Sunday, June 24, 2007

Goodbye to all that . . . .

This is my last post on this blog as responsibility for it has now passed to Margaret Steeden. I have moved now to Poole in Dorset so am no longer member of Macclesfield branch. Margaret has set up SilkTownStitchers2 which she will run from her own blogger identity. There are some great pix on it already, so please click on the link above to access it now.
Happy stitching everyone. I shall endeavour to convert my new local EG branch to blogging!


Friday, June 01, 2007

Stumpwork and . . .

Nice contrast here with a lovely piece of stumpwork by Dorothy Phillips, which is so precise and controlled . . . . . . and a very free composition by Margaret Waring using the bits you might sweep up from the workroom floor after a busy day stitching - fascinating.
The latter was an exhibit in Celebration of Silk at the Macclesfield Silk Museum.

Kantha workshop with Rubina Porter

Rubina, from the Merseyside RG branch, gave us a great day workshop, showing us how to use a simple running stitch in kantha work. Using 2 layers - silk and a cotton backing, both woven and bought in Bangla Desh, we chose a motif from one of the amazing kanthas Rubina had brought to show us and began stitching it, using rayon threads. She showed us how to do blocks of 3 rows to form an outline, then how to move the next row of stitches on to make the slanting columns and chevrons.
Here are our efforts:

And another of Rubina's, all bought, she says, in Bangla Desh, for pennies!

Rubina visits Sreepur Women and Children's Village in Bangla Desh regularly. Please do check out the link and read about this effort to help orphans and disadvantaged women in a culture that is stacked against them. There are great cards to be bought, made by the people there.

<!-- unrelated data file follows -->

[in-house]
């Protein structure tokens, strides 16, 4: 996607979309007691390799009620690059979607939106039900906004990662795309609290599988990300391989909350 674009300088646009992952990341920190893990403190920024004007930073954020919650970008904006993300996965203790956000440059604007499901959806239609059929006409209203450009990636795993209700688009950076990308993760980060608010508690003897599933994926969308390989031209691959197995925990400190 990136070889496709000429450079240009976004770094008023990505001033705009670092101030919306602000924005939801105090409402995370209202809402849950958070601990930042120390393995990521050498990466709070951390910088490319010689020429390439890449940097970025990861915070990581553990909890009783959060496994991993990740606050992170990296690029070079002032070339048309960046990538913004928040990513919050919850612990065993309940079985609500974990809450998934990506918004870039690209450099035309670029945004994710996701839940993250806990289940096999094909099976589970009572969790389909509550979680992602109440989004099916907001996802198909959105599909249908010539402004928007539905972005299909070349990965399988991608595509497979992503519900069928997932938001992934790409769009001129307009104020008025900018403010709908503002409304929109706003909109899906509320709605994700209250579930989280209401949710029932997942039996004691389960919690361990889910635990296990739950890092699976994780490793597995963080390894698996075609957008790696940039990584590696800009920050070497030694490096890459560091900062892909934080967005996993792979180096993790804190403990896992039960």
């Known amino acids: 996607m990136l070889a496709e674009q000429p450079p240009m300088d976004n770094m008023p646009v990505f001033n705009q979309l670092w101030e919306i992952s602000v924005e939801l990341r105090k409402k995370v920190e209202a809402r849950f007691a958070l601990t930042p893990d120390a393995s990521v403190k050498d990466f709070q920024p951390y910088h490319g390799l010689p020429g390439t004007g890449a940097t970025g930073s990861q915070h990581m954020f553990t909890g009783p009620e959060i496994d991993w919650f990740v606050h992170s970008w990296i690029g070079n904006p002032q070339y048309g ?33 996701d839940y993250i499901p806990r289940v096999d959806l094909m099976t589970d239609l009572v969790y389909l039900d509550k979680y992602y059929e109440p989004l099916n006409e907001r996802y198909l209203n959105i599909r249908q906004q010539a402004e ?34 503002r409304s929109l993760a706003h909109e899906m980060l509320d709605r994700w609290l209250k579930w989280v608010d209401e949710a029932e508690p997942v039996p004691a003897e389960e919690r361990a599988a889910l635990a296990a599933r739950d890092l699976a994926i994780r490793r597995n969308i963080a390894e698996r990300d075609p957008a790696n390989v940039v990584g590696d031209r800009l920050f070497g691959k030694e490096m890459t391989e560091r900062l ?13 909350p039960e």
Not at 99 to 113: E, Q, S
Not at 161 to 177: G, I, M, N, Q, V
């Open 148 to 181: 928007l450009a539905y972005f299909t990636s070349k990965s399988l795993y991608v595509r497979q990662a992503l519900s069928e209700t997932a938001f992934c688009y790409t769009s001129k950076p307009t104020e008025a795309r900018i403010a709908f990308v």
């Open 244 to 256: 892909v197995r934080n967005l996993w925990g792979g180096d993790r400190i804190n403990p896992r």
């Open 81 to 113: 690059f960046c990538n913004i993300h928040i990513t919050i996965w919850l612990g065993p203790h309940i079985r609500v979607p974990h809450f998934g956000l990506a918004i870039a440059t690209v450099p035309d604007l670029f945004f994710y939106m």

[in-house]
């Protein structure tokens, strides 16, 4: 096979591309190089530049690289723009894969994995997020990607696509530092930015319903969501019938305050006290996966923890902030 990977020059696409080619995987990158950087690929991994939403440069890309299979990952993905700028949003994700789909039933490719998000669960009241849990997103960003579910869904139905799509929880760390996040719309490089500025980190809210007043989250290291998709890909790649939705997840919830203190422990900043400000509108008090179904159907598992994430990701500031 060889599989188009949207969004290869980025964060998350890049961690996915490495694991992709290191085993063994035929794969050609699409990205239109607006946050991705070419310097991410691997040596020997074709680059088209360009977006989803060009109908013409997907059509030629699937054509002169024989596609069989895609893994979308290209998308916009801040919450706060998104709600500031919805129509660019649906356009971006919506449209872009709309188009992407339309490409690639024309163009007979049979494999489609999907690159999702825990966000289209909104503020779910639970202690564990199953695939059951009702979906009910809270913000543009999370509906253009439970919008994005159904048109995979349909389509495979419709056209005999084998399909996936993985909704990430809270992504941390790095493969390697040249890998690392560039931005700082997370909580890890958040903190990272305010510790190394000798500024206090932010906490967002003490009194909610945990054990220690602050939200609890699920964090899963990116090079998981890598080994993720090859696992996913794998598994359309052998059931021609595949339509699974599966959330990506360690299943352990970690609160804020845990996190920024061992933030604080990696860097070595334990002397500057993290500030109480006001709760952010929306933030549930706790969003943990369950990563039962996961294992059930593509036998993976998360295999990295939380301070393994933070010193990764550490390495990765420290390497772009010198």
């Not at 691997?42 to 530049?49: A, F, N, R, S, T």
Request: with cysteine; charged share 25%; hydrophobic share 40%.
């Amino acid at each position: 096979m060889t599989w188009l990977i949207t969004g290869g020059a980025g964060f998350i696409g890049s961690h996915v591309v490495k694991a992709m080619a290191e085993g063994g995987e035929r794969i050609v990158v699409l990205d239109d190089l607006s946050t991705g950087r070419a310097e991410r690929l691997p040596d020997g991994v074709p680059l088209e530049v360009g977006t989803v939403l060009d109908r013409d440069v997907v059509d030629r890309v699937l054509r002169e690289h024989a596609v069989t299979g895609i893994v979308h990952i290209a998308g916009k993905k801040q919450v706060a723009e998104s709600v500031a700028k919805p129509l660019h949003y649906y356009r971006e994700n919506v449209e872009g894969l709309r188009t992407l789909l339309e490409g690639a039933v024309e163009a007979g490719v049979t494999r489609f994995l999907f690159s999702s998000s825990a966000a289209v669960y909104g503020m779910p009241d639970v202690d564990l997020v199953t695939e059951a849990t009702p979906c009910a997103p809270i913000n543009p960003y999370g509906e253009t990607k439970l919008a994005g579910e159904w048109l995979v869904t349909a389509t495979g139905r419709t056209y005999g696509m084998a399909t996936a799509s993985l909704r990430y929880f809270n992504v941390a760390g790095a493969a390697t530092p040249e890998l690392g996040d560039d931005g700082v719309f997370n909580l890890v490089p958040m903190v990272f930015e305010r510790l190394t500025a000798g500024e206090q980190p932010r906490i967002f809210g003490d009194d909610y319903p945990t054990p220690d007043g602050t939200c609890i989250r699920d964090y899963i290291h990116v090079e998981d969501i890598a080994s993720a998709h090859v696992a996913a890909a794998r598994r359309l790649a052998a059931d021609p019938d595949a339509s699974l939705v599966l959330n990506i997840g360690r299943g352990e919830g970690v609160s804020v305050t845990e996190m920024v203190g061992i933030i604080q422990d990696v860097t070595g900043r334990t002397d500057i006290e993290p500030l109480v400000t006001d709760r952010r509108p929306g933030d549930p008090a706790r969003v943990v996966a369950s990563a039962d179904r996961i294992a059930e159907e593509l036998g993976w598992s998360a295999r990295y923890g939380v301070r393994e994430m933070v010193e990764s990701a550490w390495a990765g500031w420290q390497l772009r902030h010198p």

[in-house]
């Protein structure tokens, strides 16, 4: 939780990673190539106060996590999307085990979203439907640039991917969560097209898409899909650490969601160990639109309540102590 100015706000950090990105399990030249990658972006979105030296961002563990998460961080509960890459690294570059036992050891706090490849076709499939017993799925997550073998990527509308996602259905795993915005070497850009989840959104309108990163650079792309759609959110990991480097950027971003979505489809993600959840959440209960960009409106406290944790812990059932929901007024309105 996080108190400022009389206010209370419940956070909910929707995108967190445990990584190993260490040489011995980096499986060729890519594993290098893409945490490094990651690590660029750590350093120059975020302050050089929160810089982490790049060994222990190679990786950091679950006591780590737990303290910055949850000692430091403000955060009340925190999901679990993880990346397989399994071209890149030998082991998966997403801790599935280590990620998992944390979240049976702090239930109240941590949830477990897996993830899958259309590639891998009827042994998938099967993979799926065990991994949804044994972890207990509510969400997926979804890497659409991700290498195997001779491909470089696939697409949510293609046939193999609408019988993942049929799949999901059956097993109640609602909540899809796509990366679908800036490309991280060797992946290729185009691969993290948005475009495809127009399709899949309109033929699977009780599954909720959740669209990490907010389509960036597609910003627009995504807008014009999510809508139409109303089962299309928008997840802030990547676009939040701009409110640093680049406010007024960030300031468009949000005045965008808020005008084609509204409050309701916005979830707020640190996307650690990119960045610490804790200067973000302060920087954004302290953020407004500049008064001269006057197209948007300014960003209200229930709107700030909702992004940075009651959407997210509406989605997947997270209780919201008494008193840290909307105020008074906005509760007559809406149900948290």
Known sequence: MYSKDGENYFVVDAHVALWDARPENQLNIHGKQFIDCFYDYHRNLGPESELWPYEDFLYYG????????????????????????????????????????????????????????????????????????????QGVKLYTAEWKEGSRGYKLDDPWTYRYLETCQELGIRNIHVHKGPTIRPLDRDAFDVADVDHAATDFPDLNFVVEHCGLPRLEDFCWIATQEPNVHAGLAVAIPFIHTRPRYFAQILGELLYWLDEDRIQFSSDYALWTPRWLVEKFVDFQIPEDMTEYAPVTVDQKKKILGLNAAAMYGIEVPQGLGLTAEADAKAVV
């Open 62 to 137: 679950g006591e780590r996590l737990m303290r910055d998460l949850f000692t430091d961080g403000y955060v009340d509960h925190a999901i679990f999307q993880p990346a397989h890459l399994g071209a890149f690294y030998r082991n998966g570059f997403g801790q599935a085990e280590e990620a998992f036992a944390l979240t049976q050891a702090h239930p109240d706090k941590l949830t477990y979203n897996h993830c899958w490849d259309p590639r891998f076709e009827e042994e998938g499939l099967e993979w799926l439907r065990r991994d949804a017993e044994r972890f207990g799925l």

Fascinated by snails . . . (!)

Little Moreton Hall - inspired pieces . . .

. . . chosen by members to be part of further exhibiting for a wider audience. Pat Milius' knot garden box, Hilary Fish and Elaine Townsley's strip sampler, and a collection of pincushions made by various members, to a shape based on Elizabethan caps.

The pieces were originally made for 'Embroidery in Trust', exhibitions put on in 3 National Trust properties in the north-west EG region. Work had to be based on something seen at one of the properties.

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Monday, May 14, 2007

Work from Catherine

Here are a few of my cushions and bags for the blog---Catherine

Reverse side of cushion using Langa Lapu South African dyed fabric and then the cushion itself made with shiny materials:

Hand made Cushion with layers of Chiffon, Organza

and the reverse:

This Bag has gone to Haze in Monaco. Made with Space died Velvet and Langa Lapu Fabric from one of my South Africam trip. Also Threads from Africa and embellished with a variety of Beads


Hand made Felt bag embellished with Beads and a variety of Stitch

Showing detail of tassel , stitch and braid:

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Friday, April 20, 2007

Japanese patchwork bags

You've seen the blocks, now here are the bags, six of them anyway, more to come hopefully. Thanks to Julie Eastman, our secretary, for a really good workshop! The black border fabric makes an effective contrast and the black shapes stand out.